The holidays, a much-needed boost in sales for retailers, are just around the corner. A growing number of retailers, however, continue to report shrinking traffic and disappointing sales—no matter whether it’s Gucci or Red Wing.
Voss Capital is betting on a housing market boom
The Voss Value Fund was up 4.09% net for the second quarter, while the Voss Value Offshore Fund was up 3.93%. The Russell 2000 returned 25.42%, the Russell 2000 Value returned 18.24%, and the S&P 500 gained 20.54%. In July, the funds did much better with a return of 15.25% for the Voss Value Fund Read More
This is what the growth of retail sales looks like for the last three months: August 0.0%, September 0.0%, October 0.1%—far below the +0.3% Wall Street was expecting.
The retail landscape is getting muddier in a matter of weeks. And recent reports make it crystal clear to me that the Grinch is definitely going to steal Christmas for retailers.
More Retailers Report Shrinking Profits
Walmart, Macy’s, and Nordstrom are the three high-profile retailers to disappoint Wall Street, but they have lots of company.
Shoe retailer DSW, Inc. lowered its full-year earnings forecast from $1.80 – $1.90 per share to $1.40 – $1.50 per share. The problem? Slow customer traffic.
The Gap reported that its October same-store sales dropped by 15% at Banana Republic and by 4% at Gap stores. Additionally, the company warned that it would miss Q3 expectations.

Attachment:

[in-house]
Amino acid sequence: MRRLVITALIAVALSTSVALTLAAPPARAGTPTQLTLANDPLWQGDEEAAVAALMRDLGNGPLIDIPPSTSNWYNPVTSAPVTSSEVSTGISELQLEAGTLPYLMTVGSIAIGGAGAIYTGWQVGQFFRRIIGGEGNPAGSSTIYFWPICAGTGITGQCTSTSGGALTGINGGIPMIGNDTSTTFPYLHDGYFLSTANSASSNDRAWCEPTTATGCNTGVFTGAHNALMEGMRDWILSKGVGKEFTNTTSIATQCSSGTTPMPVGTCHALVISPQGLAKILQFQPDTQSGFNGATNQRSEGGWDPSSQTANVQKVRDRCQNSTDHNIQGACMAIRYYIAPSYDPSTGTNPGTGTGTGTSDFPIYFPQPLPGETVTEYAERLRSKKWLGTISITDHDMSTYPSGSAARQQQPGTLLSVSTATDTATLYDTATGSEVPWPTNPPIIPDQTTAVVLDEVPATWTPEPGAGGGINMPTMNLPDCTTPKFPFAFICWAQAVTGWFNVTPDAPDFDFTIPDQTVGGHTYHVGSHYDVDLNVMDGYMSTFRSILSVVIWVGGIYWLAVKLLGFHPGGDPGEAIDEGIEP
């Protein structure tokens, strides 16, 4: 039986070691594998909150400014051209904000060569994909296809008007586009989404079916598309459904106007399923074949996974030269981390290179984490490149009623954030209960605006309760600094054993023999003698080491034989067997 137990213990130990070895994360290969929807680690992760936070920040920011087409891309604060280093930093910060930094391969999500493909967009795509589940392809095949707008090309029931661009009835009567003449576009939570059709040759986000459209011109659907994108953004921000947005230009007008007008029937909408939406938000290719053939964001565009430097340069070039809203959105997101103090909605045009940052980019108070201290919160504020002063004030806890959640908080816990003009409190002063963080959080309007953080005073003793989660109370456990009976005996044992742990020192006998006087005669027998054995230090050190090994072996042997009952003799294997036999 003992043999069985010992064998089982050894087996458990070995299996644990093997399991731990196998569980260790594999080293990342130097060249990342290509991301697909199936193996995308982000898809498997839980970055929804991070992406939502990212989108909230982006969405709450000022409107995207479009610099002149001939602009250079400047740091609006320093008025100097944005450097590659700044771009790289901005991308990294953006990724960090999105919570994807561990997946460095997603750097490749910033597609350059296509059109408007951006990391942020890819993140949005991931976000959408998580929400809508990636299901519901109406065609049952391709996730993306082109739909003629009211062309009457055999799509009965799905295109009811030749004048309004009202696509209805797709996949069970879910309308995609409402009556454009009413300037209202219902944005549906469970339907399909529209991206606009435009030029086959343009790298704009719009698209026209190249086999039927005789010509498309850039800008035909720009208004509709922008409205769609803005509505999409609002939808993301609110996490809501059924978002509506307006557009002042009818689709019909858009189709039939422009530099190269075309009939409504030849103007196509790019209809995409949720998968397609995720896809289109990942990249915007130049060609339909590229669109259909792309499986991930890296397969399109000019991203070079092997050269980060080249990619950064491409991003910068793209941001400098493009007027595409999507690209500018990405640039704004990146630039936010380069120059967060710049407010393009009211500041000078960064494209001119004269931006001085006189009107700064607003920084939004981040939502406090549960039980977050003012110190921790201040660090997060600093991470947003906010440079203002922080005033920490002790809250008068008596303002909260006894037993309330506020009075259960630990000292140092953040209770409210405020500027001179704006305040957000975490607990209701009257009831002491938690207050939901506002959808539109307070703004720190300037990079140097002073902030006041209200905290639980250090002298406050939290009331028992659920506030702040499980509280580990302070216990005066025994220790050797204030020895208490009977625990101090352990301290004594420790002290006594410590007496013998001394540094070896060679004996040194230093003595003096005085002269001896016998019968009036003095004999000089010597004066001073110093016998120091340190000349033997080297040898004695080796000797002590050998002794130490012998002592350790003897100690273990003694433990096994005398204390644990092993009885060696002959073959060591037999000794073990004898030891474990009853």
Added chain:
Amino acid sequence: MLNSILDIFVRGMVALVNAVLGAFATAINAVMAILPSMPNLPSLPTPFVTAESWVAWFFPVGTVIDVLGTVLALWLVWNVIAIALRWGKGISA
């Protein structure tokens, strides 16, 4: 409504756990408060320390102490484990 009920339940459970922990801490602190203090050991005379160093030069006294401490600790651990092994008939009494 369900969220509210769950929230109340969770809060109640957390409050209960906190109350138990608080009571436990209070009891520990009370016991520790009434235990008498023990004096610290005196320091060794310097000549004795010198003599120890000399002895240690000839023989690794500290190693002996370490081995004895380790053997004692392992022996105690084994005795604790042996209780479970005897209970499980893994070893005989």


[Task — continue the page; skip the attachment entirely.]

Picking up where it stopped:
Urban Outfitters reported Q3 sales of $825.3 million, well below the Wall Street pipe dream of $868.9 million. Urban Outfitters’ shares closed down 7.4% to a four-year low after spitting up that revenue hairball.
Imports Are Going Down
The biggest confirmation of the retailing woes came from the Port of Long Beach, the second-busiest US port.
The Port of Long Beach handled 307,995 containers in October, down from 310,482 and 0.8% less from the same month last year. More troublesome is the 14% plunge in imported containers since August.
That tells me retailers are cutting back their pre-Christmas orders in anticipation of disappointing holiday sales and due to already bulging inventories.
Stay Away from Retail Stocks
I want to point out two retailers with ballooning inventories that I think are profit time bombs just waiting to kill investors.
- Lululemon Athletica (LULU): Yoga-pants maker Lululemon has been suffering from an inventory bulge. Inventory hit $280 million, a 55% year-over-year increase.
- Under Armour (UA): Inventory ballooned to $867 million at the end of Q3, a 36% increase.
I’m not suggesting that you rush out, sell all your retail stocks, or short Lululemon and Under Armour tomorrow morning.
As always, timing is everything. However, it’s clear that retail stocks are one of the worst places to invest your money at this moment.
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The article, “Retail Stocks Are Probably the Worst Place to Invest Your Money Now”, was originally published at Mauldin Economics.
Read the original article on Connecting the Dots. Copyright 2015.